[For the main body of the submission please try to answer the following questions:]
    • What is the case study about?
    • What were its aims?
    • How did it come about and/or how was it set up?
    • Who did it involve? (e.g., collaborating parties)
    • What were the outcomes?
    • Are there any evidential outcomes?
    • What lessons were learned, or reflections can you provide? What might you do differently?
    • Are there any further resources available that are relevant to this project and might help others learn from it? 
    [Note: you do not need to use these exact questions as headings in your submission, your headings/sub-headings can be different to fit better with your submission – as long as they follow the formatting and style guidelines provided above]

    Document Type and Images

    Please submit your case study as a Word document (.doc or .docx).

    Submit any images (including charts, tables and diagrams) separately as high-resolution .jpg / .tif / .png / .pdf / .eps files (we will not accept gif files). Do not embed images in the text. Use colour if possible as these images will be published online as provided.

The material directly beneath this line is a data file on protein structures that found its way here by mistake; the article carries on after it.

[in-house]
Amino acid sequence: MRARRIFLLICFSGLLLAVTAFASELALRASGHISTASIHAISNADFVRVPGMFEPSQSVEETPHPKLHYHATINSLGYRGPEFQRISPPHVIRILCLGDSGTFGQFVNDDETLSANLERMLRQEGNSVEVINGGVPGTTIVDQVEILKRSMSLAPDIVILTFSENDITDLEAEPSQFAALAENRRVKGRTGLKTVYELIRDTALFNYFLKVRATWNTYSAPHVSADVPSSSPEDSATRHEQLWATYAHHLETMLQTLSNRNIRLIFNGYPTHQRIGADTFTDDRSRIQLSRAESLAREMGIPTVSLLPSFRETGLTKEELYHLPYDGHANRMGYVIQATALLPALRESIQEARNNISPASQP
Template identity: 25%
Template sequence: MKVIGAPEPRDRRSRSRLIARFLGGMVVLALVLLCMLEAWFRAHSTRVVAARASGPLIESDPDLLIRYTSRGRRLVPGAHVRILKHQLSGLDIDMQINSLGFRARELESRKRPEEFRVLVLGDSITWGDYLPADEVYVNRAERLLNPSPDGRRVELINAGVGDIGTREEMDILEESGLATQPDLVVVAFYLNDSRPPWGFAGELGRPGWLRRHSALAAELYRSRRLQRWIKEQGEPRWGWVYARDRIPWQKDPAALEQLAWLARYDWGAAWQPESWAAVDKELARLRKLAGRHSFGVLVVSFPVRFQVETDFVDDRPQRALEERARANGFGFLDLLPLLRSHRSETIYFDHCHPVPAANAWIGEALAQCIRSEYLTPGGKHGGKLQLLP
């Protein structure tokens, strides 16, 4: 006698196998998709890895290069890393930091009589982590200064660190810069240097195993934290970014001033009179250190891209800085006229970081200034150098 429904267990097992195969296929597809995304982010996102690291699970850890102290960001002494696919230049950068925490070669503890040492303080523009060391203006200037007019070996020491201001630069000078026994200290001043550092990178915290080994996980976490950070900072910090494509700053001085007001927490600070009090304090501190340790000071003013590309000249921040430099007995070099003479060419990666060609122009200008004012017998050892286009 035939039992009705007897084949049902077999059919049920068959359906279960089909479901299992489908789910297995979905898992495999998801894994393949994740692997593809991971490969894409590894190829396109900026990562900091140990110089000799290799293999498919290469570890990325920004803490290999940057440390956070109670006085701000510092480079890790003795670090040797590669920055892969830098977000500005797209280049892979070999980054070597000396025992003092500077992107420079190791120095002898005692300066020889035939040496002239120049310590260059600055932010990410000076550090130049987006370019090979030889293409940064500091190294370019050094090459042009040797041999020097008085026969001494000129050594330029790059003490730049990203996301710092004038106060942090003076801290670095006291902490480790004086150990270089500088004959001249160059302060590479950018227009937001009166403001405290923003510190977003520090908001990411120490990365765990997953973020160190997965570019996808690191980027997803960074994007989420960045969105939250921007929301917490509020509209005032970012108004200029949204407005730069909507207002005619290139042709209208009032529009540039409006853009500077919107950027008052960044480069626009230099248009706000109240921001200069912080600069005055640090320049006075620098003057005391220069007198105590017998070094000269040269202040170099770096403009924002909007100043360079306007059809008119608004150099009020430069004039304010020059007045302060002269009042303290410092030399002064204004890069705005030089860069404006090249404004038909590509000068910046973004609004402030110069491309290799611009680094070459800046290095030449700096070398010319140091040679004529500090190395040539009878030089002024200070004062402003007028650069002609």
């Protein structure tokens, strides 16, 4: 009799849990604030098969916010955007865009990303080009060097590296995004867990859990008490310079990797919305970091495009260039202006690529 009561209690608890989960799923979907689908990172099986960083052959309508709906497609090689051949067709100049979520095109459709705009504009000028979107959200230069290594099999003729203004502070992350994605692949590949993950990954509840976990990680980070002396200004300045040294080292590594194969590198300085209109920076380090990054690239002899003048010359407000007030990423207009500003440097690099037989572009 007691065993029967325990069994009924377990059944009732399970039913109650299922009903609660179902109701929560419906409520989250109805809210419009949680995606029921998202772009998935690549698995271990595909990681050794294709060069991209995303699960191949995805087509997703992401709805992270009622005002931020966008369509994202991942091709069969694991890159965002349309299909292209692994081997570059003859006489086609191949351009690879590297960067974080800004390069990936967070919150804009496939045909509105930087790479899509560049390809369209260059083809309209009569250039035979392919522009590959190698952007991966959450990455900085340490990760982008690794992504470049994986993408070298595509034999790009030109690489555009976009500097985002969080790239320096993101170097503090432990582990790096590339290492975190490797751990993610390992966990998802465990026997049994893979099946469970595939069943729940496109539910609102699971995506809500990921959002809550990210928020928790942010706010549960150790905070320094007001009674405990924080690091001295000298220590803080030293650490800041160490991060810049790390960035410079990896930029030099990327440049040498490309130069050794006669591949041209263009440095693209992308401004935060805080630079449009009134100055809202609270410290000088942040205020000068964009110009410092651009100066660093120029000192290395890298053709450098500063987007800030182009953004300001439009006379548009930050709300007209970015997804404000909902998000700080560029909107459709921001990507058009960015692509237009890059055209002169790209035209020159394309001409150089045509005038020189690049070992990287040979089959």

Please clearly indicate where in the paper an image should be inserted, by using square brackets and the filename, for example [image: picture_1.jpg] in italicised text. For any images submitted, authors must confirm copyright ownership or “cc” in those that do and confirm that they are happy to grant the EPC an unlimited licence to reproduce these materials for academic, non-commercial purposes. If lifted from elsewhere (and these images are under the Creative Commons licence), a clear reference should be supplied immediately underneath the title.  

    Formatting

    Do not include MS document templates or complex formatting, such as coloured subtitles.

    Use italics only for:

    • Image titles and any image reference.
    • The titles of publications, including newspapers and academic journals.
    • Quotations of more than three lines – indented, no speech marks.